But Howard argued that increasing the minimum wage is a moral issue. He said those who wish to work are worth more than the current minimum wage and it needs to be addressed.
“If we do not, we will see the kinds of public safety and public health issues not just centered around Troost and Van Brunt, not just centered around the river and 85th street, but we will see it pour over into other areas as well. This is about the urban core in Kansas City, but also it is about the total metro and how we become a community,” says Howard.
National economists dissect research
The second panel consisted of Scott Lilly, senior fellow at the Center for American Progress, Michael Saltsman, research director at the Employment Policies Institute, Bill Greiner, chief investment strategist at Mariner Holdings and Forbes Magazine contributor.
Scott Lilly said that a 1992 study out of the New Jersey Legislature shows that the claims about reductions in employment after wage increases are unfounded. The study looks at fast-food restaurants along the New Jersey and Pennsylvania state line after an increase in New Jersey’s minimum wage.
“What they found, interviewing them before the minimum wage was increased and interviewing them after, was the labor change in both states was about the same,” said Lilly.
The reason labor change remained the same, he said, is because the restaurants saved money on training. The raise in wages decreased turn over, allowing them to save money on training with a slight increase in prices.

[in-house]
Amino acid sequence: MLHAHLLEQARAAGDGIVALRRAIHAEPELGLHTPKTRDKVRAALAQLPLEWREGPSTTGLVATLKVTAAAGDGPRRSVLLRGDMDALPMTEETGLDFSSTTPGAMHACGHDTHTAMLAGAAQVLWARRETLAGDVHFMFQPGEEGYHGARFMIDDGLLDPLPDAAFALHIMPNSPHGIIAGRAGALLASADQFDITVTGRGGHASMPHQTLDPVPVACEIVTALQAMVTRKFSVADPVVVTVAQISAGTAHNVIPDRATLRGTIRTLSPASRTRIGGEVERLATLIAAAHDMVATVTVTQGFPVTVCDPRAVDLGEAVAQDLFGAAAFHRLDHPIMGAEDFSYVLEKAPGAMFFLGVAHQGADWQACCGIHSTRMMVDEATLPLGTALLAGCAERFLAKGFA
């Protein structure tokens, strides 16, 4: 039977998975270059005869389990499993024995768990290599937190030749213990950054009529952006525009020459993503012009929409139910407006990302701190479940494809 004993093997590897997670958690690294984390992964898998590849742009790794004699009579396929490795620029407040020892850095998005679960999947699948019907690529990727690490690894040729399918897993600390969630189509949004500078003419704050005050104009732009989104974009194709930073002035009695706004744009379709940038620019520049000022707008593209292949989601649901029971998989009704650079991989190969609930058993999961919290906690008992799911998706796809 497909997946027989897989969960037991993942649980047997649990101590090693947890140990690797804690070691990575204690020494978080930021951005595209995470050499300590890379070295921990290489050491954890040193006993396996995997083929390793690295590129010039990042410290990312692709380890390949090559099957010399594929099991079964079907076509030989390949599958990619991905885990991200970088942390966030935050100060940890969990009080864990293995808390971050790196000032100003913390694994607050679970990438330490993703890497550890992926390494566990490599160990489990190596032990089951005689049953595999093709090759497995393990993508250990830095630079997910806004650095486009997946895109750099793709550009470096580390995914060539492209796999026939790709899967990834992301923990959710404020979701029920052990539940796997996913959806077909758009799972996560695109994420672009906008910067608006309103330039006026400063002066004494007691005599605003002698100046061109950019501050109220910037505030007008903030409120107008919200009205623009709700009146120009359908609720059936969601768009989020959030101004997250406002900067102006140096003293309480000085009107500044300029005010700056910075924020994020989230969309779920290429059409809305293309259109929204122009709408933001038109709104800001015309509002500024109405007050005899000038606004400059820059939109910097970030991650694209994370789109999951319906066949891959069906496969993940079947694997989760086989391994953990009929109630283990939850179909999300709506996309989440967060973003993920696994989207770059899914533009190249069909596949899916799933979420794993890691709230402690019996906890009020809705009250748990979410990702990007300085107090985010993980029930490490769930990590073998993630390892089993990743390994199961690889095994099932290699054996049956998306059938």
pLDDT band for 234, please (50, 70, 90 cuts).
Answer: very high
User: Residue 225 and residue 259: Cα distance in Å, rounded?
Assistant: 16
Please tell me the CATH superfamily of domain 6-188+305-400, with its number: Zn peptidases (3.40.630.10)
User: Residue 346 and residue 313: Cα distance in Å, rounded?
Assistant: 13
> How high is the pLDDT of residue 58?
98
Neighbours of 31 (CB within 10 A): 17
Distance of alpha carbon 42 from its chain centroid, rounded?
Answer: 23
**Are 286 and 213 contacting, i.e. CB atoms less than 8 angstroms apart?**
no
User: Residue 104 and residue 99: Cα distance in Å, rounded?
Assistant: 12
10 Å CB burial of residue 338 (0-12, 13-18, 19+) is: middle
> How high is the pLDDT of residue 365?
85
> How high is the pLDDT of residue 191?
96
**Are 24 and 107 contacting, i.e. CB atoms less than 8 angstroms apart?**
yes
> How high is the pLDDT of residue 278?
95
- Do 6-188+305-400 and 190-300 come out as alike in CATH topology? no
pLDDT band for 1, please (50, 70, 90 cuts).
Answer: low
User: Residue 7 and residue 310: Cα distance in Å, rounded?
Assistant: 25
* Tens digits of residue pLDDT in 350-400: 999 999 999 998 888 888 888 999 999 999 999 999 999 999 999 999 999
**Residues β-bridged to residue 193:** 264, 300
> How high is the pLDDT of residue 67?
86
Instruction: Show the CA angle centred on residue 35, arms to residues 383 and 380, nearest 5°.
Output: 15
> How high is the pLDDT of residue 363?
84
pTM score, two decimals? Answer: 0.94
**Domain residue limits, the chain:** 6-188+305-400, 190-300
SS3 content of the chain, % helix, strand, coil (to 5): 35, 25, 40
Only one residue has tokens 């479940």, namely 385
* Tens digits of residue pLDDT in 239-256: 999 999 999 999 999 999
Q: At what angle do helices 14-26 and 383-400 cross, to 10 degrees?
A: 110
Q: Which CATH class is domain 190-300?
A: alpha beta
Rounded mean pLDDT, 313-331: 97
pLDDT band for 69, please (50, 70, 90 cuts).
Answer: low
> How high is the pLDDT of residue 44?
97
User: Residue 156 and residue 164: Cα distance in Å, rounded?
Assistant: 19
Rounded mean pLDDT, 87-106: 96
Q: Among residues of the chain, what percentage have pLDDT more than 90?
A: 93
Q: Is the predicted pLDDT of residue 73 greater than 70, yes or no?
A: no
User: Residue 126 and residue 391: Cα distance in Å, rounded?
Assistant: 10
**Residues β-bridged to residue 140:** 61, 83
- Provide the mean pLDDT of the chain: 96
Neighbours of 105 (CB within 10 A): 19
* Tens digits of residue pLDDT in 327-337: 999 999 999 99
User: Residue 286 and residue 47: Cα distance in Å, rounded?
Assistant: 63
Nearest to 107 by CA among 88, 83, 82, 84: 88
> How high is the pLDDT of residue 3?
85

“There are some times when raising those wages are good for employers, even when they don’t know it,” said Lilly.
But Michael Saltsman responded that when you when you look at the research in its totality, you see that wage increases are often followed by a decrease in employment.
Saltsman said there isn’t hard data coming out of West Coast cities that have already raised the wage, but his organization is seeing anecdotes from businesses that are being forced to close.
“These are businesses that have been written up in the San Fransisco Chronicle, the Oakland Tribune, of childcare providers who have had to lay off staff and raise rates, of small pizza restaurants that have had to close their doors,” said Saltsman. “These are real stories.”
Saltsman said that his organization believes an earned income tax credit, which would boost wages through the tax code rather than wage, would be more successful at reducing poverty.
Bill Greiner, an economic historian, said he believes that a $15 dollar minimum wage would bring us into historically uncharted territory with possibly unintended consequences.
“You try to solve one problem, as was stated not he earlier panel, it’s like playing wack-a-mole, you know the little wack-a-mole game. You smack the mole on the head and another one pops up,” said Greiner.
However, Greiner also said he thinks that we could afford to raise the wage to roughly $9 dollars, which would adjust the current wage for inflation.
Mayor Sly James has called for Kansas City Council to vote on a minimum wage increase on July 16th.
KCPT and the Hale Center for Journalism present “Getting By,” a series of stories and discussions examining the impact of inequality in KC, at kcpt.org/gettingby. How do you ‘get by’ in KC? You can join our discussion, here.